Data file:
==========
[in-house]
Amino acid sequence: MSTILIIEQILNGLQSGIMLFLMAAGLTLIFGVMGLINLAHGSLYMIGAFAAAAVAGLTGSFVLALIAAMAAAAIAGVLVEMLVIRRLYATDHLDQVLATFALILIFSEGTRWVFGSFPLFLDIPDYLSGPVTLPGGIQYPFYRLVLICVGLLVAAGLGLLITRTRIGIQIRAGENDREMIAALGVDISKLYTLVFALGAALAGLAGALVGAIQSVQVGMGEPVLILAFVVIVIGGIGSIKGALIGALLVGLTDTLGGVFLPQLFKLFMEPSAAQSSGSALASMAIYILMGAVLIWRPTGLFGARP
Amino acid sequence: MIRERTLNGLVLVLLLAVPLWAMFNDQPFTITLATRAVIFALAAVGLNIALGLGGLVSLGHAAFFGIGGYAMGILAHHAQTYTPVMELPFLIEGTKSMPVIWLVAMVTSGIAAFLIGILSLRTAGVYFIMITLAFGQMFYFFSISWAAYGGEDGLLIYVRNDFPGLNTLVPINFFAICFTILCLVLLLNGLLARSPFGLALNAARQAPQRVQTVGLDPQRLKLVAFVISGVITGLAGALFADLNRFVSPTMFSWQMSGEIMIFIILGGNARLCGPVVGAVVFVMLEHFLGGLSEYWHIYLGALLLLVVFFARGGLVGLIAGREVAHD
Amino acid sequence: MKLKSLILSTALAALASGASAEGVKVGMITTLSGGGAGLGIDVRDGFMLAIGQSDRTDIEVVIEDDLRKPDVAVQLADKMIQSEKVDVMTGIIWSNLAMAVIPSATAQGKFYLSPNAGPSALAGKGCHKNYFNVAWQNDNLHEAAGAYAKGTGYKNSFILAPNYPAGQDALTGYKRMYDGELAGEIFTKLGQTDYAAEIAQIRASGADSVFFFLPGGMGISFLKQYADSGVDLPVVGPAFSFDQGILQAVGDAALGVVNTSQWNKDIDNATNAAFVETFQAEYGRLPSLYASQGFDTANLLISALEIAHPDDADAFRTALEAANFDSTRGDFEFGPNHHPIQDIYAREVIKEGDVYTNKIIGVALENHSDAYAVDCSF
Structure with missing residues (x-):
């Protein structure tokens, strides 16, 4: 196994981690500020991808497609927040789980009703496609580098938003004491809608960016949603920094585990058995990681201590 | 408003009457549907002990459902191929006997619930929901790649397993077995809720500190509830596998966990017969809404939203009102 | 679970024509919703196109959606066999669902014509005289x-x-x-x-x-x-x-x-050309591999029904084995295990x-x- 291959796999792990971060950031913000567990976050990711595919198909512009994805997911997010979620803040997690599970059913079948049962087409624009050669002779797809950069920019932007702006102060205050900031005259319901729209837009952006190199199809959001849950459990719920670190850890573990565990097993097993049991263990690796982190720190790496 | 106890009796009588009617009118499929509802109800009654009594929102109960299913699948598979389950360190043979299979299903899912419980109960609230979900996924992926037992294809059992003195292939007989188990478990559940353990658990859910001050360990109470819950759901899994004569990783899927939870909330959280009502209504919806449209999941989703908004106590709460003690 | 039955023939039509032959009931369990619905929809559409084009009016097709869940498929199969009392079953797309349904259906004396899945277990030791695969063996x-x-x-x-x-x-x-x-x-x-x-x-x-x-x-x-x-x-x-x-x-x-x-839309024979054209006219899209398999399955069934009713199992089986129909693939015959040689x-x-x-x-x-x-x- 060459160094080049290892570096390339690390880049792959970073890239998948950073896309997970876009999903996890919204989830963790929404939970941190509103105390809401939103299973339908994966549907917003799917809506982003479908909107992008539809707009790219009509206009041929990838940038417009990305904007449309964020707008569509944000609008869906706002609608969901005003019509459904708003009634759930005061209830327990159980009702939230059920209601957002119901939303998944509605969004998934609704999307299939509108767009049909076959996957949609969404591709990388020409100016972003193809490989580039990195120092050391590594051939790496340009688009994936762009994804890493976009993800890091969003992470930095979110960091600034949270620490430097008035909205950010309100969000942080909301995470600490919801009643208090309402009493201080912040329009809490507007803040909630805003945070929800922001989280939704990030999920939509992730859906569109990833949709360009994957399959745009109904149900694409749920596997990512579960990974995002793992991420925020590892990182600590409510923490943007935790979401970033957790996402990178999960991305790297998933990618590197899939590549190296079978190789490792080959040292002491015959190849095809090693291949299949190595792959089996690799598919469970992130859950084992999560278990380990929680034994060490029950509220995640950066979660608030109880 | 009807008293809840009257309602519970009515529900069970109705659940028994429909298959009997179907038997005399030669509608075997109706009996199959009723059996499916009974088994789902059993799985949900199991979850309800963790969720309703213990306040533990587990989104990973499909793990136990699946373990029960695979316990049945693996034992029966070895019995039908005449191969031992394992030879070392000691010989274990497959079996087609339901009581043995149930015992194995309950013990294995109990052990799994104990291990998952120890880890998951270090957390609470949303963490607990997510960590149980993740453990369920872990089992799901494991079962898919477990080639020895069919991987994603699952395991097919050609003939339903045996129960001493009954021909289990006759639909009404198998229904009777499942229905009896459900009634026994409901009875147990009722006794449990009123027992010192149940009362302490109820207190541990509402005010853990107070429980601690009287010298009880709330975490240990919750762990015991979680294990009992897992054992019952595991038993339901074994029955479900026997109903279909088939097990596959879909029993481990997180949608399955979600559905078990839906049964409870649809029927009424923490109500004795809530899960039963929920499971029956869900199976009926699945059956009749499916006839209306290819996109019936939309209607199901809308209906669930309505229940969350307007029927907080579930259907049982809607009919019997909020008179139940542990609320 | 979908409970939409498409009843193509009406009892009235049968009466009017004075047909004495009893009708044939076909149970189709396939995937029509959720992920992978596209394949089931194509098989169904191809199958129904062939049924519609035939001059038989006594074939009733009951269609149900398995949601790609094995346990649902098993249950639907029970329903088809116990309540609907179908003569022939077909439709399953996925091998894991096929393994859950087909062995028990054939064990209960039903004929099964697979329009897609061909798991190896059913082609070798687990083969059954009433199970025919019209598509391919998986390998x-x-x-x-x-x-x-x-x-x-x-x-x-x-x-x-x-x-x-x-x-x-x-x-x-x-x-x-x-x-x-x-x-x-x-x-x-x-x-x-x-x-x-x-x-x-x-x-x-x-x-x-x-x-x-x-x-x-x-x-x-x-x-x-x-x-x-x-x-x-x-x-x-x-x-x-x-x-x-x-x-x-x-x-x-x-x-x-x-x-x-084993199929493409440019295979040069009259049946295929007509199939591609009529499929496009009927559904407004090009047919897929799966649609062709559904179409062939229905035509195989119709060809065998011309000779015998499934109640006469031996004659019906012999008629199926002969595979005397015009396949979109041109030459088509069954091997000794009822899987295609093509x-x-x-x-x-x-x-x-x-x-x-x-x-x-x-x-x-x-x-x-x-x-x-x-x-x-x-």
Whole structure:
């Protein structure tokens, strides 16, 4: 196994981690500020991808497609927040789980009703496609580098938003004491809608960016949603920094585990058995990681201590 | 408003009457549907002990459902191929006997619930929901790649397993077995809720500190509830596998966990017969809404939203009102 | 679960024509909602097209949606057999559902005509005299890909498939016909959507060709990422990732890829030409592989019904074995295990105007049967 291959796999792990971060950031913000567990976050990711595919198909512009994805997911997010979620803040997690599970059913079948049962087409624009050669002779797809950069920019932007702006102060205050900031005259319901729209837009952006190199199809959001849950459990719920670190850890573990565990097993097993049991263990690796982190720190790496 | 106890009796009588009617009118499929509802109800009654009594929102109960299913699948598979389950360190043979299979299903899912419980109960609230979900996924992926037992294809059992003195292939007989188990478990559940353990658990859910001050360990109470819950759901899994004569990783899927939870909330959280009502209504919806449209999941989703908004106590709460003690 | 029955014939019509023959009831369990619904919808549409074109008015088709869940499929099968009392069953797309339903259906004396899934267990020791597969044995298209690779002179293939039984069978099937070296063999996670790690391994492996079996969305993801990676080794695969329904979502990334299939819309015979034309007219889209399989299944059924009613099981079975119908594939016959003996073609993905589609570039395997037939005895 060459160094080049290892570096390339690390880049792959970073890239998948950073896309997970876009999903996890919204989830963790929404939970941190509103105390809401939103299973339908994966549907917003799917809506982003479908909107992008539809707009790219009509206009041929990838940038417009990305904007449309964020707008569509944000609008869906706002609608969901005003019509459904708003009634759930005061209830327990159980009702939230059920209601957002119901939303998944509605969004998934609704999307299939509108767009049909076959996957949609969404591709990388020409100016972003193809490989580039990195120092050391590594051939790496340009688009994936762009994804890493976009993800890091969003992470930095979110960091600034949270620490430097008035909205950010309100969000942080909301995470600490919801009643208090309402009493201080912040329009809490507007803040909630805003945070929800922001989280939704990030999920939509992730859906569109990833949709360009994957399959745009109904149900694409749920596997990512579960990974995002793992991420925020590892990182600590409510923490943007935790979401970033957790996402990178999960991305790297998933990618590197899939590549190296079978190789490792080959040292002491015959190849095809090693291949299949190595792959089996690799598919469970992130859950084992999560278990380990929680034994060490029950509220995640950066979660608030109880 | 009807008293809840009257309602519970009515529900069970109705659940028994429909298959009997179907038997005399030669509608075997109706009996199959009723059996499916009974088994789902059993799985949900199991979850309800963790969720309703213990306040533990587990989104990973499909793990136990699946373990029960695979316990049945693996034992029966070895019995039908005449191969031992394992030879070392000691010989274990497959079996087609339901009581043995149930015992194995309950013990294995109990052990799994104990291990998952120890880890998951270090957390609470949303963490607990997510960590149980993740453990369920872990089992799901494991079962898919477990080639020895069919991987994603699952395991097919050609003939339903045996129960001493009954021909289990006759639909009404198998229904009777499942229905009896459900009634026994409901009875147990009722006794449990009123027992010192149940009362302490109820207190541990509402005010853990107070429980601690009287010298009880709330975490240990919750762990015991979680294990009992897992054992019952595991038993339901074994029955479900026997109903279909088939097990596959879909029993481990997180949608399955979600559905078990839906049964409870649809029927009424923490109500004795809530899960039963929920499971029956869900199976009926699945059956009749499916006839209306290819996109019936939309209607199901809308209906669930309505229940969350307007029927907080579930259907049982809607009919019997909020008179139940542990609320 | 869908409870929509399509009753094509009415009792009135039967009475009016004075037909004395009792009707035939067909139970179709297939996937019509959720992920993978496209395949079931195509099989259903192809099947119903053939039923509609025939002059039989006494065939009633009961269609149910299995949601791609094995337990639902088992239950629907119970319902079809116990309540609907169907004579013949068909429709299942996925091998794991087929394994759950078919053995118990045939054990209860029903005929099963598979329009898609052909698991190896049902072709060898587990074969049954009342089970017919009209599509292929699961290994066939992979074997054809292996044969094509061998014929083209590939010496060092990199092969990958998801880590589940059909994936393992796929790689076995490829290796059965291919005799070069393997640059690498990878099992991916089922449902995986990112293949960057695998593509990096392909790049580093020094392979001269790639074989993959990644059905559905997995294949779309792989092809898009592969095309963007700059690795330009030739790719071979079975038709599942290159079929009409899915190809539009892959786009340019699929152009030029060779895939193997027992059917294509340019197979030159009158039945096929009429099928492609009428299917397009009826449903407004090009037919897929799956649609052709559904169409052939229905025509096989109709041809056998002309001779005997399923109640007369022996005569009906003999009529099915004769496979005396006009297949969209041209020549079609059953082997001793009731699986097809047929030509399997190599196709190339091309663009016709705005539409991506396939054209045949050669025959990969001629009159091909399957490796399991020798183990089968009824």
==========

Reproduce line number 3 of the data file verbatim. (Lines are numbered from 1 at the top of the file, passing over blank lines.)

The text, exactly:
Amino acid sequence: MIRERTLNGLVLVLLLAVPLWAMFNDQPFTITLATRAVIFALAAVGLNIALGLGGLVSLGHAAFFGIGGYAMGILAHHAQTYTPVMELPFLIEGTKSMPVIWLVAMVTSGIAAFLIGILSLRTAGVYFIMITLAFGQMFYFFSISWAAYGGEDGLLIYVRNDFPGLNTLVPINFFAICFTILCLVLLLNGLLARSPFGLALNAARQAPQRVQTVGLDPQRLKLVAFVISGVITGLAGALFADLNRFVSPTMFSWQMSGEIMIFIILGGNARLCGPVVGAVVFVMLEHFLGGLSEYWHIYLGALLLLVVFFARGGLVGLIAGREVAHD